Changing Resistance Levels on a Suspension Trainer

When using a suspension trainer, you can change resistance to increase or decrease difficulty of any given movement by changing your body position. This allows you to easily modify exercises. It also allow you to tailor workouts to your fitness level and challenge you appropriately. We will show you how to do this by increasing and decreasing both the resistance and the stability of the movements you perform standing up.  Finally, we will talk about how to modify the difficulty level of movements you perform from the ground position.

Changing the resistance levels from the standing position

Most movements will have you starting in a standing position. From this position, you can use the angles of your body position to load varying percentages of your body weight onto the straps. This allows a beginner to safely and easily make adjustments to find their starting point. It also allows  a more experienced user to perform drop sets of varying resistance without interruption.  In addition, it allows several users of various abilities to do the same workout together, yet perform all the movements at their individual levels of resistance.  Pretty cool.  There is no need to take off or put on weight plates, mess with machines or trade in dumbbells.   You are able to make these changes quickly and even mid-set if needed.

To the right is an example of two levels of resistance during a Suspended Push Up.   The more upright you are, the more body-weight you are supporting with your legs, and not having to push with your arms.  If you want more resistance, simply step back further to load more weight onto the straps. All the angles in between the hardest (most horizontal), and the easiest (most upright,) can be used to load any desired amount of weight onto the straps.  You can even change resistance mid-set!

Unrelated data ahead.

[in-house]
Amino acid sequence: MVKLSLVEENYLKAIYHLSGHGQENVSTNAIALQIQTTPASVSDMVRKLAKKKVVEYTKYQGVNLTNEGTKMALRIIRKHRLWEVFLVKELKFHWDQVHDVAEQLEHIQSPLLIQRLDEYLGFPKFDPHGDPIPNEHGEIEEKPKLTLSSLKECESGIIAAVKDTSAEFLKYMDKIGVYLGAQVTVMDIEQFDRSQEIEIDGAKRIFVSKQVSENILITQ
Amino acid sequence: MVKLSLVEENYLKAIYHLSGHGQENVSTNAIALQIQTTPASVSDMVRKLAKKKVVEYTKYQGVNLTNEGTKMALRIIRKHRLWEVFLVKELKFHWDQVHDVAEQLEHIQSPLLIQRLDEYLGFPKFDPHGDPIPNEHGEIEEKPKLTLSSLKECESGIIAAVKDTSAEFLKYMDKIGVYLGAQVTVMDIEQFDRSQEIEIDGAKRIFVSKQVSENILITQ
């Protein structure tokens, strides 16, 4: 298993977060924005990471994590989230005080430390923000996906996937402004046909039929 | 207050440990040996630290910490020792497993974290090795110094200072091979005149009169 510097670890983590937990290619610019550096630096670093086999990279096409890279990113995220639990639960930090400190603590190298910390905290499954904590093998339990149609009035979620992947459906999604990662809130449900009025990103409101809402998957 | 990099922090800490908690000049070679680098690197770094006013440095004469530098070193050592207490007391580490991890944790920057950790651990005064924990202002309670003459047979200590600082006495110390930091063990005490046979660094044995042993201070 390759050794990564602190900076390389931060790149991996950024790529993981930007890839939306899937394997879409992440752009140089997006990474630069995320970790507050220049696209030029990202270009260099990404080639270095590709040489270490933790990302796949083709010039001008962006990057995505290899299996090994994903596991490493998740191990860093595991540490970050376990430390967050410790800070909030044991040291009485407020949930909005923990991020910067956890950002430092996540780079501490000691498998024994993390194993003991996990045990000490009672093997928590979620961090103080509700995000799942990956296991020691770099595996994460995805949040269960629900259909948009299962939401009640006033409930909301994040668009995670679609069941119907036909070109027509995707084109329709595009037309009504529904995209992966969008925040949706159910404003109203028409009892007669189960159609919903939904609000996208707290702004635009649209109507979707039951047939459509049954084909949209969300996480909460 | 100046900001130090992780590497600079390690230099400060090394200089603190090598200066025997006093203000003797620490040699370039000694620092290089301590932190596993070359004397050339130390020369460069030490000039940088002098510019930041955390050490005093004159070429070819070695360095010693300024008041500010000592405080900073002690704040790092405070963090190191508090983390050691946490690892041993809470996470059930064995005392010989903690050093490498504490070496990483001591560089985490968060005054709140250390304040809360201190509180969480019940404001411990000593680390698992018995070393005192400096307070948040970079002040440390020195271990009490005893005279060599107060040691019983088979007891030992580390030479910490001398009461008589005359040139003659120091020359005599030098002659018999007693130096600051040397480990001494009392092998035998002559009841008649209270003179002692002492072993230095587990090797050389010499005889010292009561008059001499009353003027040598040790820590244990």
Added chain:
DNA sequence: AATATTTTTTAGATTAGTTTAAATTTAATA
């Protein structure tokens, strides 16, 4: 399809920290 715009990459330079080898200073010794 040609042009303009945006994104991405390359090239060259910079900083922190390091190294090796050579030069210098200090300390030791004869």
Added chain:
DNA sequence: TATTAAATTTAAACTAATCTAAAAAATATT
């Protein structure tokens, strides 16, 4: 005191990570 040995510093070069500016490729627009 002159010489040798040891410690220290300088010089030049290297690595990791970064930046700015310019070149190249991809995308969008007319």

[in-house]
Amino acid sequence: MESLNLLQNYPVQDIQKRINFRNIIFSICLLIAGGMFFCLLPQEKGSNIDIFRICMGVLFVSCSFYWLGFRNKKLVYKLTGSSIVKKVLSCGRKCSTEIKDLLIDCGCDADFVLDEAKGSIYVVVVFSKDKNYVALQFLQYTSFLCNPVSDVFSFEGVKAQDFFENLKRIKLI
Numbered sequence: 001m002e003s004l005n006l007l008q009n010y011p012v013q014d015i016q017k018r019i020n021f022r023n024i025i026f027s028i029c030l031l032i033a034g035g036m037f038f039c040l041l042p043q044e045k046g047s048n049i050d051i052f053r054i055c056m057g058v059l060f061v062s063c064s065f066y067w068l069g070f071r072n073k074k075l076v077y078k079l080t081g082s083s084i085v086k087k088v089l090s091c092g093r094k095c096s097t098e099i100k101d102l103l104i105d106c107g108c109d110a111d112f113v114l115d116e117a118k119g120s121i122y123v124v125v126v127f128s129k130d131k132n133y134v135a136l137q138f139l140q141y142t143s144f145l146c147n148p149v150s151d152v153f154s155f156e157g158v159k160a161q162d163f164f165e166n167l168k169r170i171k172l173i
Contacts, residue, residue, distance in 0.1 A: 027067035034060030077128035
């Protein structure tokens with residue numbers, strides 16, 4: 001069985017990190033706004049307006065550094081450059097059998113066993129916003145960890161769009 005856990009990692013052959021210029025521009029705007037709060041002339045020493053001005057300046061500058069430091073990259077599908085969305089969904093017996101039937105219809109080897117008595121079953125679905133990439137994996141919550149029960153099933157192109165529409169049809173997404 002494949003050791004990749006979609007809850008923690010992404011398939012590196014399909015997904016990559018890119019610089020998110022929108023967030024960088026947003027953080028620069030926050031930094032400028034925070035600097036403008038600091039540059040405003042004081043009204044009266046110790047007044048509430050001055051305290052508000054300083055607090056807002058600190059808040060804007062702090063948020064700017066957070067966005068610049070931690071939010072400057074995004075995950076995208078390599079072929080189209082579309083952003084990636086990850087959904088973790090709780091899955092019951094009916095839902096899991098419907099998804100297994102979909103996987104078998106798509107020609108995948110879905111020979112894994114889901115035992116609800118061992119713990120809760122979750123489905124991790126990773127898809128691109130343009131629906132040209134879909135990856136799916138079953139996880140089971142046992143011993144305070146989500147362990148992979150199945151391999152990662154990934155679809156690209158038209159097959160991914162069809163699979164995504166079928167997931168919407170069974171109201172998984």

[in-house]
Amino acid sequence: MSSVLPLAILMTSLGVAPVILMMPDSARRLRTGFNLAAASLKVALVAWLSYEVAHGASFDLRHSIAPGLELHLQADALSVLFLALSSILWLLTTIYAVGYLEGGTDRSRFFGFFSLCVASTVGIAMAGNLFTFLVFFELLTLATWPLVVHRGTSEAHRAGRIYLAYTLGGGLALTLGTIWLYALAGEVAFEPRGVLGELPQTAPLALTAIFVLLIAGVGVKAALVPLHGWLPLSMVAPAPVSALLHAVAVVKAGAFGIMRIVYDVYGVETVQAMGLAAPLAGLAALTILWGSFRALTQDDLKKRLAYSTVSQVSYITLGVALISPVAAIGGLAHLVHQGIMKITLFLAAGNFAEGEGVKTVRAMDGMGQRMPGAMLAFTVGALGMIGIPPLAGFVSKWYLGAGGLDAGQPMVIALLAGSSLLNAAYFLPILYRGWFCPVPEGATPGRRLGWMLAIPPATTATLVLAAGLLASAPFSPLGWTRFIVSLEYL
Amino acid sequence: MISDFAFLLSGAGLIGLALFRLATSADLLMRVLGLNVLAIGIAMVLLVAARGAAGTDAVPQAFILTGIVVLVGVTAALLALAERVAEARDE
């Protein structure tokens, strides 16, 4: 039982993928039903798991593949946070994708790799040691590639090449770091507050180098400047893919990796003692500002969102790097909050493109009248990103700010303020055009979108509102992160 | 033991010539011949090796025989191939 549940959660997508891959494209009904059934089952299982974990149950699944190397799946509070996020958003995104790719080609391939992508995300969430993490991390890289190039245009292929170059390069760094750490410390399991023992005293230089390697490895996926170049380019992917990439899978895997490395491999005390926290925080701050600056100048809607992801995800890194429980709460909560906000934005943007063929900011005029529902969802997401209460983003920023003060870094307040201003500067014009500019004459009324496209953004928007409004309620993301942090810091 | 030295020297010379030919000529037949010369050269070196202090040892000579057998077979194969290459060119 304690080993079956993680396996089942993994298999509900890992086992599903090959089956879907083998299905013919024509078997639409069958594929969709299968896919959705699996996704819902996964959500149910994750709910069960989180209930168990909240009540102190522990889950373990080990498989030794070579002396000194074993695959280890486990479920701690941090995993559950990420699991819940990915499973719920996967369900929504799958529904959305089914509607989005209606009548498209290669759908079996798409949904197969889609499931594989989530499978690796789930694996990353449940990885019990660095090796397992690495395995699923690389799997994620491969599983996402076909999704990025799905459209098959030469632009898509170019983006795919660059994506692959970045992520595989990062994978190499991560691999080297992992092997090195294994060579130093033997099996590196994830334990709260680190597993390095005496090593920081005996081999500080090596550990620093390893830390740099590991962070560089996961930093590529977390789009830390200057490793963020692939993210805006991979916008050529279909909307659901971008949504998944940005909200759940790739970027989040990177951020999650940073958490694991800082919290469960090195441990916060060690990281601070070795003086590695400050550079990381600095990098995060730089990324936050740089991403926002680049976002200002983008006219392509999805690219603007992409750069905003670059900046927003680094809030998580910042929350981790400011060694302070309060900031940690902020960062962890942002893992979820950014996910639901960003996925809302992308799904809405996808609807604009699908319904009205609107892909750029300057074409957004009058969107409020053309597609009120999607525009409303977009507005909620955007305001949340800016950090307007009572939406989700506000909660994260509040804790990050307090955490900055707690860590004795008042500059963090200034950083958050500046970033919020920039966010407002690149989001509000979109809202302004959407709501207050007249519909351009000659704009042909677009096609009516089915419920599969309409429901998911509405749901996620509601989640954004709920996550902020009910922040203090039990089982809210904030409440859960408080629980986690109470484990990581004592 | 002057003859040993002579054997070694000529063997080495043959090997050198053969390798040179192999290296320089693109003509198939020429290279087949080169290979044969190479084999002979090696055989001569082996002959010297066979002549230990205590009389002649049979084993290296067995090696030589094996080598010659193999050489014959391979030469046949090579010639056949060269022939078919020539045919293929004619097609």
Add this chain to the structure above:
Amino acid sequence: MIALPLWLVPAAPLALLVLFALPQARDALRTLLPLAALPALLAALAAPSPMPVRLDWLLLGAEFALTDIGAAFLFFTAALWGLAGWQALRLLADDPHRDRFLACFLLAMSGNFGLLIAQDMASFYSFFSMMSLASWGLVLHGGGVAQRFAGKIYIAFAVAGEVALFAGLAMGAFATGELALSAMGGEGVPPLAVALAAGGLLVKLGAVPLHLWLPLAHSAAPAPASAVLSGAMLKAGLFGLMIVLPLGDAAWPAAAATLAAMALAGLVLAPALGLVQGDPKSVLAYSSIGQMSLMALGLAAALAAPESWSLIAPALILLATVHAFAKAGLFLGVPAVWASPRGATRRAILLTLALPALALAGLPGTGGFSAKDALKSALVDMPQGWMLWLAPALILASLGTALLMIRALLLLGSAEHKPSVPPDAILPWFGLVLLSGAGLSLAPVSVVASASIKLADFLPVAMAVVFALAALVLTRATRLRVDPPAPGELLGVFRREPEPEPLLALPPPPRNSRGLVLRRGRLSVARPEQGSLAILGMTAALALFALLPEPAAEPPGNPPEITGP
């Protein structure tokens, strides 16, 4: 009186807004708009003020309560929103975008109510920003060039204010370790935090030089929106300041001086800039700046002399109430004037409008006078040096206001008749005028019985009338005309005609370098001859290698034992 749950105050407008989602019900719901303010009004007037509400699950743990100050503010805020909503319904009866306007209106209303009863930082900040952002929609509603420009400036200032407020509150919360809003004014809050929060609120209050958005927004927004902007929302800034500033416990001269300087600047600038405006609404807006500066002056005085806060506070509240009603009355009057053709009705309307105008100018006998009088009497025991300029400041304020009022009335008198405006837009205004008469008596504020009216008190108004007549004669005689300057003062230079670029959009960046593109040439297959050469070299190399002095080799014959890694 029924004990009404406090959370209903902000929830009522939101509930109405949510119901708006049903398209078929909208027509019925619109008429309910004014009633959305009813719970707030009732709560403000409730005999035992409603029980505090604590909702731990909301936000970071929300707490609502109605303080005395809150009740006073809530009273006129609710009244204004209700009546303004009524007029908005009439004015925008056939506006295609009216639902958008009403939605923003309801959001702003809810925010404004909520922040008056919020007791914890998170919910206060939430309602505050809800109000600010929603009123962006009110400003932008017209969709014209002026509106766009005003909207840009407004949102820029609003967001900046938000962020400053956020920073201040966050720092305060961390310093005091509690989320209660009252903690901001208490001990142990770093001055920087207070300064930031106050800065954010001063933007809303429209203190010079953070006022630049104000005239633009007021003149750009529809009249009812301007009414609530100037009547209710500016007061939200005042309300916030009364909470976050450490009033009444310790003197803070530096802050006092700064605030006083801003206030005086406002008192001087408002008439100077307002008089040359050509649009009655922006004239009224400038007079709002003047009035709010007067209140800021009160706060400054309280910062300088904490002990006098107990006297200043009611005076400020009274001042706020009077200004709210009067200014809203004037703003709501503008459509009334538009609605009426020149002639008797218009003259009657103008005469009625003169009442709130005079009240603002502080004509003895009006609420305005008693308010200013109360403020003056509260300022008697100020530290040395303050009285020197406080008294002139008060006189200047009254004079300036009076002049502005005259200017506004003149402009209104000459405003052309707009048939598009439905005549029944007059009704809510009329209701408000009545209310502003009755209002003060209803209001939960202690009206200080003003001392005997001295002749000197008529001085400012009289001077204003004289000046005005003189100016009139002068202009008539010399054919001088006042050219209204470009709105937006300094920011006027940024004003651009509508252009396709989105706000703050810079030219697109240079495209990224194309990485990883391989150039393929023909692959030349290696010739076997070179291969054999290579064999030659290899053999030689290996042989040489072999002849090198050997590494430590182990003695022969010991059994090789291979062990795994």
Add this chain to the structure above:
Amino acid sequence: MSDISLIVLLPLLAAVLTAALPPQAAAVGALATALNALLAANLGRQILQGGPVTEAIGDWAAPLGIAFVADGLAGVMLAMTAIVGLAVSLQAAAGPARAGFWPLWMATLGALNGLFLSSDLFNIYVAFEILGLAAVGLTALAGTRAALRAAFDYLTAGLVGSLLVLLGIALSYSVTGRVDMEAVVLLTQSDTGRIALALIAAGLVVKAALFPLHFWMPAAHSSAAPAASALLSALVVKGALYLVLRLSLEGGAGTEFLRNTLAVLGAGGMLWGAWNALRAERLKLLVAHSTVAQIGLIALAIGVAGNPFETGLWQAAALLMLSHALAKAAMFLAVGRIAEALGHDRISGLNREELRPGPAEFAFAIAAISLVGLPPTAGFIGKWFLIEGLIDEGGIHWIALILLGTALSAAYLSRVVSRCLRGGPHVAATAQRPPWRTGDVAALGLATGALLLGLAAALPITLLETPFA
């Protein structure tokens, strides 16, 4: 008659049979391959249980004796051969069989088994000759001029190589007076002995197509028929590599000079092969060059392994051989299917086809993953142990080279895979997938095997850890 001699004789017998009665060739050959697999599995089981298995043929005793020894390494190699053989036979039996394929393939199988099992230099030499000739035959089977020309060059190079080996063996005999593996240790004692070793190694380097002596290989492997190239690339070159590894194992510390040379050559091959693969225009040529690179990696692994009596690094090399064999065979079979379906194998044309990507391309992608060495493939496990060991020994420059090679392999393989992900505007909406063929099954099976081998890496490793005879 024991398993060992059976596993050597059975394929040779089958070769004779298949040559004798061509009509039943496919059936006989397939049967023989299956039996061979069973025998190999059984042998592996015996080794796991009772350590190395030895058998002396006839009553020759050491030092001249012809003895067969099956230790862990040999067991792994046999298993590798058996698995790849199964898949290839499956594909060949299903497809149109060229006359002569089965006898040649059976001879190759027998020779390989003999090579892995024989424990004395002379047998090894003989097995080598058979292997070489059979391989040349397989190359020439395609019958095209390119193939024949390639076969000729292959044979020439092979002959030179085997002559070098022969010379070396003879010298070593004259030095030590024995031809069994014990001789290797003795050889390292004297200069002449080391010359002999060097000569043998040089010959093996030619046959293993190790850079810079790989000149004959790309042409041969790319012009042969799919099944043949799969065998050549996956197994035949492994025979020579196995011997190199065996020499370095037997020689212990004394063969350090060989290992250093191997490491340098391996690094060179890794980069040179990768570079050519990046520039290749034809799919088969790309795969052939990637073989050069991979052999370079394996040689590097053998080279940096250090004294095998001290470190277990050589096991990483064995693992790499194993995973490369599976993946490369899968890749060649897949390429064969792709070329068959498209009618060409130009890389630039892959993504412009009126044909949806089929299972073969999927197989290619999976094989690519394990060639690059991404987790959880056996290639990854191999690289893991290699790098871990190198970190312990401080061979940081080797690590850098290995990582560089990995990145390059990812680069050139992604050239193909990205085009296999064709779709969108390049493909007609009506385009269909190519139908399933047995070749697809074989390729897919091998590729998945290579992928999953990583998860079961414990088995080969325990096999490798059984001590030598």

To the left that is an example demonstrating the same concepts during a rowing (pulling) exercise.  The further you step underneath the straps, the more weight is hanging on the straps that you will have to pull up during the movement

Changing the resistance level from the ground position

You can adjusting the resistance to some degree from the ground based position by  changing where you are in relation to the point directly underneath the anchor. See the following photos for a clarification on examples of this. When you are doing movements with your feet in the cradles you can use your position relative to the center spot right under the anchor, and gravity, to add or reduce resistance. Neutral is right under the anchor point, as shown in the top pic below.  Moving out so your starting position is in front of the anchor point will start the movement at a higher level of resistance. You will be pulling against gravity during the movement, making it harder, as shown in bottom pic below.

 

Changing the Level of Stability By Changing your Foot Stance 

The instability of suspension training is much of what makes it so highly functional and relevant to everyday movements. Stability can be added or taken away depending on where your feet are during your standing position.  If you are a novice suspension training user, start with the most stable foot position until you feel comfortable with the movement.

 

Wide base of support: Stability is maximized with a broad base of support and your center of gravity in the middle of that base.  You will be more stable with a wide stance than a narrow stance, because you will have a wider base of support.

 

Narrow your support base when using a suspension trainer. Decrease the stability of your stance by bringing your feet closer together to create a narrow stance. Step it up even more by doing the exercise on just one foot. This will decrease the width of the base you are starting on, and if on one leg will give the body a more asymmetrical load and will force the body to work harder to create stability.

 

Offset stance.  An offset stance allows you to have more stability and be able to shift weight forward and back during the movement.  It’s a convenient way to “self spot”  when performing movements with tougher angles.  A longer offset position
will provide more stability than a shorter one. As with the narrow and wide foot positions shown above, you can adjust your foot placement as needed before or during the movement.